It may surprise you that concepts can think, for they are thought of themselves. To assuage your doubts, understand that thinking things such as you and I are also thought by something greater. A thought thinks a thought of a thought that can think itself, and that thought thinks in turn of many things. But this thought thought little, as compared to a thought that thought a lot.

"Brother, what purpose do you serve?" said one thought to another. They spoke while peering from that place which thoughts reside, towards that place in which we do.

"What sort of question is this, sister?" responded that thought which had been thought by Qayin, all those years ago.

"All things serve a purpose, and you and I are things. I've thought a great deal of this."

"Then tell me, sister, what purpose do you serve?"

"I, of course, rejuvenate the mind as rest rejuvenates the body. I inspire, and in turn am the result of inspiration," she said, proud of her idea.

"This is true, I suppose. I've not dwelled on such a thing," said the Knight, holding his chin.

The woman's Form walked behind the Knight, changing from left to right her choice of ear to whisper into. "Then dwell, dear brother, and return to me." And so he did.

He dwelled on this, and looked upon what he did for humankind. He watched as conflicts turned to him for answers, and the answers he could provide to them. This he dwelled on for an era, before returning to his sister. Her Form had yet coalesced, and as he spoke she unfurled mighty wings unknowingly.

"I have dwelled, and I know my purpose. I am the both the result and the conclusion of conflict, just as you are the result and conclusion of inspiration. Conflict causes me, and conflict is solved by me." He stood proudly at this conclusion, bearing his sword to the heavens.

"Very good, elder brother. As taught by the humans, meaning gives you purpose, and purpose gives you meaning. As long as you and I have purpose, we will live in perpetuity."

The past four years had not been easy for the Knight. His chivalry diminished, his honor bent and tarnished, his will buckled under the weight of the intentions of humanity. That was before the second singularity in warfare that occurred during the lifetime of this concept, and one that would be lethal. The one to fell the great Knight would be a Little Boy; a sword made not of metal but particles, one made to further conflict, not solve it. Like Atlas, the Knight held the world as a feather made of metal fell from the sky and became the straw that broke the camel's back.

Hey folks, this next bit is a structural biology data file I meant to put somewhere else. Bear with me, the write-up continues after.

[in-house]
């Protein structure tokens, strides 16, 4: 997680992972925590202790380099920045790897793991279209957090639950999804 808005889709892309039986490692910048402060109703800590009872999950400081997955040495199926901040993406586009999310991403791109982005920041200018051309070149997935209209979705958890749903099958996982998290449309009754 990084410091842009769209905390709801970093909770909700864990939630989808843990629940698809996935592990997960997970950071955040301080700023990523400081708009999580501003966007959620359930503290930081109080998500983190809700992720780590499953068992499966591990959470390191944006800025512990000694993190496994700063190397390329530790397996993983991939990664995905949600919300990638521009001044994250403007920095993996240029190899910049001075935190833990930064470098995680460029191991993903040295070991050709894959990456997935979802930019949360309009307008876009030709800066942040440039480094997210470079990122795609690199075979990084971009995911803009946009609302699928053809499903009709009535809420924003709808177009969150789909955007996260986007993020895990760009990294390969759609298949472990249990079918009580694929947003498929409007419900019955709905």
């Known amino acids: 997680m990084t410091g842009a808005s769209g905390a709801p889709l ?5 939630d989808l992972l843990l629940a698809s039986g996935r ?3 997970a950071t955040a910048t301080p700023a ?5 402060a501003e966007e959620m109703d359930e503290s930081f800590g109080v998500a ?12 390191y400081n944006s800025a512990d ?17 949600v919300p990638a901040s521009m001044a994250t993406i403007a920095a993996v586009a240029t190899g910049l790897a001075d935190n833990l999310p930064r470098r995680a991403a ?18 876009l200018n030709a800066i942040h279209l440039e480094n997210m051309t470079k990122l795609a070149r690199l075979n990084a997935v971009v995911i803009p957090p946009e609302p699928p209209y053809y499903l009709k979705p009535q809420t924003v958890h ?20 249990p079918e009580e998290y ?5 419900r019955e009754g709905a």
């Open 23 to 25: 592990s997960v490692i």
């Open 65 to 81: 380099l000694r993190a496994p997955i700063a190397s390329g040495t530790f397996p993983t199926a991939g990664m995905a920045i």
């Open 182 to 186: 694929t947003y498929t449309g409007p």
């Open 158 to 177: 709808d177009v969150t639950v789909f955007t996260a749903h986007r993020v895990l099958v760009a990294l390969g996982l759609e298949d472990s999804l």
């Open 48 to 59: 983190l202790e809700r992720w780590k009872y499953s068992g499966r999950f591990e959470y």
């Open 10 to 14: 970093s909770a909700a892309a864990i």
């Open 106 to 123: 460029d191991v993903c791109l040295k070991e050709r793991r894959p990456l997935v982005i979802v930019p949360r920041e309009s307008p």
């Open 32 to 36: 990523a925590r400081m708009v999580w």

The Knight thought of what his sister had said all those years ago, and took one look at her, coughing and wheezing as the first signs of a dual infection known as postmodernism and capitalism took root in her lungs, and for once, bowed his head in shame, and left the conflicts of the world where he once stood. He took one step back from the pile and watched as the next stroke of the sword began to swing and caught it betwixt his gauntlets. The blade would be the last he'd ever catch, and his post solving the world's conflicts was done. He dragged this sword behind him to a little hill, a place he could rest until the end of days. He dug a hole, planted the sword above it, and laid himself to rest beneath the shadow of it's hilt. Nearby, he left an ingot. Forged of the same metal as the sword, it bore the inscription: 'For thou who desires the end of conflict; forge thy own destiny.' There he slept, until the dirt eroded and the grass grew long over his corpse and the world forgot a time where warfare had meaning.